This least known of the platinum group metals has three traditional markets: -Process Catalysts – for the creation of ammonia (NH3) -Electrochemical – coating for electrodes for chlorine production -Electronics – resistor pastes for thick film technology However in the last 3 to 4 years two new industries have emerged which require large quantities of Ruthenium.
The first is as an addition in certain Nickel alloys for aerospace. The second is for the production of targets for use in high density data [HDD] storage systems.
Our role in the ruthenium market developed from our existing business as a supplier of rhenium for complex nickel base super alloys. The next generation of these alloys (4th generation) for the first time adds ruthenium alongside rhenium and emerged from a NASA sponsored programme to find the optimum ratio amongst elements for high pressure turbine blades. It was discovered that a ratio of approx. Re 6% and Ru 3% could raise operating temperatures by approx. 50 degrees C.
The main traded item is Ruthenium Metal Sponge Powder Ru 99.9% min. and while the alloy industry can use the larger fractions including pellet where possible, the electronics industry requires 100 microns max and preferably 2-4 micron. Today total Ru supply is thought to be around 30-35 mt/py with as much as 15-20mt consumed in the HDD field. This will present a problem for the aero space industry if the 4th generation alloy is fully commercialised as the tonnages required will be of a simillar order. It was partly in anticipation of this that the Ru price rose to USD$ 900 / toz in early 2007. At that price commercialization could not take place but with the market below half this price today the chances are looking better.
This unknown of the platinum group metals was discovered in 1808 by J A Sniadecki at the University of Vilno, and rediscovered in 1828 in Russia by GW Osann of the University of Tartu.
Ruthenium is one of the platinum group metals and occurs native as an alloy with other PGM’s, osmiridium / platinoid ruthenium and also in some sulphide ores. The typical concentrations of ruthenium are significantly lower than the Pt concentrations, with relative values of 10:1 (Pt:Ru). It’s abundance on the earths crust is therefore approximately 0.001 ppm.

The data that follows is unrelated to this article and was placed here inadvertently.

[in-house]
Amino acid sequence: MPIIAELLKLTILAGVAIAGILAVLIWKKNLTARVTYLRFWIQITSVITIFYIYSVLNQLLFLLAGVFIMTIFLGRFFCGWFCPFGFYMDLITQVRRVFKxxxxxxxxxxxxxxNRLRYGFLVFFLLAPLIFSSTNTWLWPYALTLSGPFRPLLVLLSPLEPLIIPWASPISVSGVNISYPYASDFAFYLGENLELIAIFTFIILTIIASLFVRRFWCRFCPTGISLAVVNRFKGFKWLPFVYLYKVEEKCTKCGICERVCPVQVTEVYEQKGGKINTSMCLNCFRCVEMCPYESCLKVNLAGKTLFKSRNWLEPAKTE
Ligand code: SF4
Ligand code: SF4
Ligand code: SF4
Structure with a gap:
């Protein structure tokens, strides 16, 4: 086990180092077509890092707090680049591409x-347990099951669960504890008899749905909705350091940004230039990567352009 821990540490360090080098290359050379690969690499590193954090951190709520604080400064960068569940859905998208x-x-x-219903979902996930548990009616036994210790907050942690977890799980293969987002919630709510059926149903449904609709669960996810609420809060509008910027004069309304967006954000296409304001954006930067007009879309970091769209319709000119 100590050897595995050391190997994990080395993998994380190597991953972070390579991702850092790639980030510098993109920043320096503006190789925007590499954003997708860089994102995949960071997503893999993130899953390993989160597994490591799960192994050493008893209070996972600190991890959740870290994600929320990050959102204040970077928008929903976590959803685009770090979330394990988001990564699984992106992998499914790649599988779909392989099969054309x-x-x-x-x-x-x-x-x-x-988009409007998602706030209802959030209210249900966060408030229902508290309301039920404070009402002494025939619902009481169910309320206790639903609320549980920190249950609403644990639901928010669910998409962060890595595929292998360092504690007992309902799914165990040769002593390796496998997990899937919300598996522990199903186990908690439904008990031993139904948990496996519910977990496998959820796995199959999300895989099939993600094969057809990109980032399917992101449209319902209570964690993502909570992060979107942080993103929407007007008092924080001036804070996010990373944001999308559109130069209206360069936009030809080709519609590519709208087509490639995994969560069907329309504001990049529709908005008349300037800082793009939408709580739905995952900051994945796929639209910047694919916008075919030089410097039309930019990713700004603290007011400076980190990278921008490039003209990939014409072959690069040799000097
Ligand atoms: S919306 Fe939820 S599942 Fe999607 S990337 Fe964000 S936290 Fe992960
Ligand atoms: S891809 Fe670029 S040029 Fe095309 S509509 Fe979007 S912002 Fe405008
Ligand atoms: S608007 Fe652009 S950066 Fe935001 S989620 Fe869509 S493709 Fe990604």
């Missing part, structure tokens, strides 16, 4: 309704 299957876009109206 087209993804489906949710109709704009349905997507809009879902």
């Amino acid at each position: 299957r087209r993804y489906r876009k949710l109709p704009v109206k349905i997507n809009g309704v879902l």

It is mined in South Africa, Russia, Canada, USA and Zimbabwe with S.Africa and Russia the two main sources. Most of the ruthenium produced comes from Merensky and UG2 reef of the Bushveld Igenous Complex in S. Africa with a relation of Pt:Ru, 7:1 ~ 5-10 g/t. However in areas like the Stillwater mine (USA) the ores are richer with 25 g/t.
It has a grayish / silvery appearance and is very hard and brittle. It is unaffected by air, water and acids, but dissolves in most molten alkalis. It forms a volatile RuO4 which can decompose explosively as well as forming ruthenates and chlorides.
After mining, the PGM elements can be separated by electrolysis followed by chemical separation, ion-exchange and solvent extraction to give pure Ru. The metal is obtained from its compounds by hydrogen reduction.
It has several applications: Catalyst: – process catalyst ruthenium on graphite for ammonia synthesis. Electrochemical:- coating of electrodes for chlorine and chlorate manufacture. Electronics:- resistor pastes for thick films on circuit boards. Metallurgical:- to harden platinum and palladium metals. Today’s main use is in HDD drives where the Ruthenium helps to store more data by storing it vertically rather than horizontally.
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